NEW YORK – Venezuela’s total production performed well below government’s expectations in the first 15 days of November, highlighting the struggle authorities are facing to boost the nation’s main source of revenue and foreign currency.
According to internal documents obtained by Zignox, the nation’s crude output averaged 876,100 barrels a day in the first two weeks of November, or more than 500,000 barrels/day short of the original production goal of 1,418,000 barrels a day set for the month by the oil and gas conglomerate Petroleos de Venezuela SA, PDVSA.
The documents offer a rare glimpse of the actual daily output of each of Venezuela’s major oil regions and offer a succinct explanation of the causes of delays and incidents in each field as well of the remedies being implemented by the subsidiary of Exploration and Production or E&P. The documents show a clear underperformance in the output coming from the super-heavy crude fields in the Orinoco belt as well as from the Western region, known in Spanish as Region Occidente.
Calls and text messages to the media department of the state-owned company PDVSA, as well as to the Exploration and Production subsidiary seeking comments went unanswered.
|Exploration and Production|
|PDVSA Daily Production Report|
|Week #46||Date: November 15, 2021|
|Area||Monthly Average Nov. 2021 Plan||Real Average November 2021||Daily Real||Var.|
|Sur del Lago Trujillo||61,9||45,0||49,1||-12,8|
|Punta de Mata||181,6||124,2||124,2||-57,3|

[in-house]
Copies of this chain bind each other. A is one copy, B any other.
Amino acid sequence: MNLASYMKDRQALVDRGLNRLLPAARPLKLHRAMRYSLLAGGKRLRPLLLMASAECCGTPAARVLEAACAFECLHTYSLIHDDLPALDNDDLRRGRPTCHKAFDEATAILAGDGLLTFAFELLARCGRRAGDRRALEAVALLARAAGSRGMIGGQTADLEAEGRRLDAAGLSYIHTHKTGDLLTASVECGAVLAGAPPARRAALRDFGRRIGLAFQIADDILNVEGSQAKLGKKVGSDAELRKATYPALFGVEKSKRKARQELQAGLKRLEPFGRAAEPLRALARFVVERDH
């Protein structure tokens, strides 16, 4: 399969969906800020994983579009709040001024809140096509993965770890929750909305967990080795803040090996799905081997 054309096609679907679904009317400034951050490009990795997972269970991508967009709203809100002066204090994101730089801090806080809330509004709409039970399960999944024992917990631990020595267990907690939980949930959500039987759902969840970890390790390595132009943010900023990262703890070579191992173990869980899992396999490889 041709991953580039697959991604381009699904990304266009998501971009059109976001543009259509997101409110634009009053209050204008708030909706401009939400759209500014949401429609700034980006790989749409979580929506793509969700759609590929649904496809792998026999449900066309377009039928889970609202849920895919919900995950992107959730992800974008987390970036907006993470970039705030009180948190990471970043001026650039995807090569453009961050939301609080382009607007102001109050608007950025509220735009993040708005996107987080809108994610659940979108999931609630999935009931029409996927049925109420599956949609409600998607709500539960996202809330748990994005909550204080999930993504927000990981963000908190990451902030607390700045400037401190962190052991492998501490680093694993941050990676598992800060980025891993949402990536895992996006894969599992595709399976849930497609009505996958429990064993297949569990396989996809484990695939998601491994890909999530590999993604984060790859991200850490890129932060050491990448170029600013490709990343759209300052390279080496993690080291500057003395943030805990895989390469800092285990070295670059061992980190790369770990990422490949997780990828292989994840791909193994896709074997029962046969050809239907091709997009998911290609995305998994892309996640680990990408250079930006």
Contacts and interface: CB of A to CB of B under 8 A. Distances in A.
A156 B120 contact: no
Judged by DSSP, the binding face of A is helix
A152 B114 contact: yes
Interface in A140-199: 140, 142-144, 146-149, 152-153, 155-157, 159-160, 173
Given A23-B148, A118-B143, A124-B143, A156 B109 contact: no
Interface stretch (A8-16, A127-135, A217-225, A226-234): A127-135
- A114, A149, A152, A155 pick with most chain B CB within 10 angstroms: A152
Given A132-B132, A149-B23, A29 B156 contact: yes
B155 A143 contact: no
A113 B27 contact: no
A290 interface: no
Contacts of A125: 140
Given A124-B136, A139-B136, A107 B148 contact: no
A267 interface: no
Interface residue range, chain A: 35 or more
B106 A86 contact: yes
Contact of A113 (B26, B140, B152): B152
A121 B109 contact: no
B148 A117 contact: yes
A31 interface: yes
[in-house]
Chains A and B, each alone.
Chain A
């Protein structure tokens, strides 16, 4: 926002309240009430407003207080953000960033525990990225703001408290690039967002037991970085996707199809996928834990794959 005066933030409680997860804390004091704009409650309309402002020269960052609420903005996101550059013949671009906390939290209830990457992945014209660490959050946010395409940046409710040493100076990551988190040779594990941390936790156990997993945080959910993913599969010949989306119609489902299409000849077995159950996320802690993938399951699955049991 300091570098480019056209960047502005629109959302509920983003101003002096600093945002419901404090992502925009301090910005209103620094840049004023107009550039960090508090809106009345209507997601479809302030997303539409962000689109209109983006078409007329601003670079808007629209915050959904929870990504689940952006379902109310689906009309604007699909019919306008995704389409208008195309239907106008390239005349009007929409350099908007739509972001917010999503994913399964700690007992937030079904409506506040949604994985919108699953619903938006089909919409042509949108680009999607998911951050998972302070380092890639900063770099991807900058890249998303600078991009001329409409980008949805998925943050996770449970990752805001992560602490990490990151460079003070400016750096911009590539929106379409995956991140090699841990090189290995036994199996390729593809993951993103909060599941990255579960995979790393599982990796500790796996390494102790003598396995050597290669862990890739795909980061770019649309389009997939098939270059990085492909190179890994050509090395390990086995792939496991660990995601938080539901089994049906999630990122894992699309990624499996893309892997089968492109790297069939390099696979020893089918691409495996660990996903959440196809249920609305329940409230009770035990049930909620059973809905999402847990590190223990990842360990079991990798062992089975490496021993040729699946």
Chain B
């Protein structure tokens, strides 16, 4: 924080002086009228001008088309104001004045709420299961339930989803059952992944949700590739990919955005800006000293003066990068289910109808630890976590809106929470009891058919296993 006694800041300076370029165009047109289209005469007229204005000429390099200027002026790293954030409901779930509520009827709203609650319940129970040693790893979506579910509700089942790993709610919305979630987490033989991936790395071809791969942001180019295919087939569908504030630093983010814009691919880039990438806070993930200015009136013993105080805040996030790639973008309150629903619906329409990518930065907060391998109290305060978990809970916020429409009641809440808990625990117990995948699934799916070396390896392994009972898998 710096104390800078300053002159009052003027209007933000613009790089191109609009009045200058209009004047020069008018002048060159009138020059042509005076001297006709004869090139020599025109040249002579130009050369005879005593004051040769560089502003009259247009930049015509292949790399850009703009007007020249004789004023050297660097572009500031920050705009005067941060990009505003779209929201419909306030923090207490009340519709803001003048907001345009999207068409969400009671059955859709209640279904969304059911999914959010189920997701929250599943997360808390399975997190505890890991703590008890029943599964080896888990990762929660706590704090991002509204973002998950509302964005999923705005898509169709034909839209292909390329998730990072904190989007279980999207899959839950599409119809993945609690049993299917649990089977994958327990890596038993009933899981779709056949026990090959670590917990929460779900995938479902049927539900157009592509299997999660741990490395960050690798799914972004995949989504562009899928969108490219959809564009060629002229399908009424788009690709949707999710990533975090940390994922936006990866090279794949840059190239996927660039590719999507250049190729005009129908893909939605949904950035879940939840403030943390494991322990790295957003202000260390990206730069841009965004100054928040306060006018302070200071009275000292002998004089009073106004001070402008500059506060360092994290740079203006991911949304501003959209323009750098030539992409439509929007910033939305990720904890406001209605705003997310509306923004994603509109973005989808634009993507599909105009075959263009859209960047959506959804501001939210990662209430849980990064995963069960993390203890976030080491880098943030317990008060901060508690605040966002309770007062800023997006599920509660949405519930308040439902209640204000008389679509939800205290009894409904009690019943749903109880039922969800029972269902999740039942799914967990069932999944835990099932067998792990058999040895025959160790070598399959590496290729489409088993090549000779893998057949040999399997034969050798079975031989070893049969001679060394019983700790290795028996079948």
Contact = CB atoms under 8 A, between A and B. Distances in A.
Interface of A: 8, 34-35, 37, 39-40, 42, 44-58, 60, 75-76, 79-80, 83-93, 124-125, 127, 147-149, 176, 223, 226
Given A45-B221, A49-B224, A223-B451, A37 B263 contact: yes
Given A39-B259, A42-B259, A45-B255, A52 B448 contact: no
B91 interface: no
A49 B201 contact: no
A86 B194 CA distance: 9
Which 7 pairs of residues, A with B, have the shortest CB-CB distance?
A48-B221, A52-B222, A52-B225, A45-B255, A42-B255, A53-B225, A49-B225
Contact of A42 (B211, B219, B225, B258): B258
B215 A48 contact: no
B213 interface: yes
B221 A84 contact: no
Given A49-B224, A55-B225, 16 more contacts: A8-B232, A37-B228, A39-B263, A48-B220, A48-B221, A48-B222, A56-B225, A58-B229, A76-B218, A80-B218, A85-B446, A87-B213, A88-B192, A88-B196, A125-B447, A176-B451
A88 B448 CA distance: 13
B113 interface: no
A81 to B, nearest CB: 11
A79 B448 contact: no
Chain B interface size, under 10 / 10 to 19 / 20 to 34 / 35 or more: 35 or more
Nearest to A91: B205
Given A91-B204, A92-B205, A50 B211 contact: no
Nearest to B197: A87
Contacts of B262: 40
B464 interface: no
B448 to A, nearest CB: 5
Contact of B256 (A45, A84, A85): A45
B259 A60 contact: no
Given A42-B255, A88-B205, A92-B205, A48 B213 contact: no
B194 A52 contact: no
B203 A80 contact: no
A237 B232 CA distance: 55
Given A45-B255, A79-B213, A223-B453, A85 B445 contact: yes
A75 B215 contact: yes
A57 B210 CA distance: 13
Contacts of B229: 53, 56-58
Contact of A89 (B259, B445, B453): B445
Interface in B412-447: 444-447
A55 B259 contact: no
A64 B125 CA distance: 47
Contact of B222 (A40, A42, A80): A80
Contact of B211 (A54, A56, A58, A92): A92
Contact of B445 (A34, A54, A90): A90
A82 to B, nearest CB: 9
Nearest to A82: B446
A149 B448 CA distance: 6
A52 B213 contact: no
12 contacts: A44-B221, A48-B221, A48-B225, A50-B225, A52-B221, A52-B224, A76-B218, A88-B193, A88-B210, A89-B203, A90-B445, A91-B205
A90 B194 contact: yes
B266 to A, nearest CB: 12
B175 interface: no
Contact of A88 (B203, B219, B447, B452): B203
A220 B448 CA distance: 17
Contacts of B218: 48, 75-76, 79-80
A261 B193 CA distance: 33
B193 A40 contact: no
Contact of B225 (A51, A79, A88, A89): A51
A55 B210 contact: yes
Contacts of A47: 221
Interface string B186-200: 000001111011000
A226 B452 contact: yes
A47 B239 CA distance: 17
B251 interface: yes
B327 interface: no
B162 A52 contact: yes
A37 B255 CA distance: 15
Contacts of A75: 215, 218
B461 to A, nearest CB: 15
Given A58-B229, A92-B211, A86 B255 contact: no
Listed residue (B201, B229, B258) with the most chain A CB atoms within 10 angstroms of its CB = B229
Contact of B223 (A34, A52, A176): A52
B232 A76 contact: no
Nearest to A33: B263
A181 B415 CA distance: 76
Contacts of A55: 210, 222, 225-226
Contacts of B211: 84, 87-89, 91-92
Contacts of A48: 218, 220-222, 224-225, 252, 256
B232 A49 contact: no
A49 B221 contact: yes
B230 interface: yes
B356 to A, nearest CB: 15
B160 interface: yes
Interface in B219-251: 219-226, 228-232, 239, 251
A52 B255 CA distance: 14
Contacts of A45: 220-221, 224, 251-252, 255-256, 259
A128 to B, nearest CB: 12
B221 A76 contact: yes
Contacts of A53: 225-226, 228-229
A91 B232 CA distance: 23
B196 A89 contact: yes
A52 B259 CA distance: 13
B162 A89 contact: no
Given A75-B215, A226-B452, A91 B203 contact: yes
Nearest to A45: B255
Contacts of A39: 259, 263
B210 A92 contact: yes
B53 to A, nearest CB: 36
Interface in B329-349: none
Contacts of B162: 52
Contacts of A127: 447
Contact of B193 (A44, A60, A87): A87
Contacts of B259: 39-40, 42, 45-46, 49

In February, Venezuela’s oil minister, Tarek El Aissami, announced a 1.5-million barrels per day production goal for 2021. However, the South American nation has slashed its oil output target by one-third to 1 million barrels, Bloomberg News reported November 5, citing internal documents and a person with direct knowledge of the plans.
November’s output figures represent an important increase compared with secondary data reported by other institutions. OPEC’s latest Monthly Oil Market Report shows that in October the nation’s output averaged 590,000 barrels per day, providing evidence of the mismanagement, lack of investment and the effect of U.S. sanctions imposed over the company in January 28, 2019. According to OPEC, at the end of the first year of oil sanctions Venezuela produced an average of 796,000 barrels/day, and last year the figure declined to only 500,000 barrels each 24 hours.
Economy in Shambles
Venezuela’s gross domestic product shrank 25% last year, and is on pace of growing for the first time since 2013. In early October, Credit Suisse raised its gross domestic product growth forecast to 5.5% from a previous projection of 4% amid an improving oil production and faster-than-expected return-to-normal mobility levels limited by the COVID-19 pandemic.
However, if the general economy is set to start a recovery after years of severe contraction and largest migration in history, inflation in the South American nation will reach 915% this year, from a previous estimate of 1,950%, the investment bank said in a report to clients.
Venezuela is set to “remain trapped in a seemingly never-ending economic depression and hyperinflationary spiral”, New York-based Goldman Sachs said in a research note November 9. The nation’s economy has been contracting uninterruptedly since 2014, to an estimated 77% of GDP during 2014-20, and is expected to decline further during 2021-22, the investment said.
“Venezuela is experiencing one of the worst peace-time economic downfalls in modern history, with the contraction of real GDP far exceeding that of the United States during the Great Depression (-28%), of Spain during the Spanish Civil War (-28%) and of Greece during the more recent crisis (-27%),” Goldman Sachs concluded in the report.
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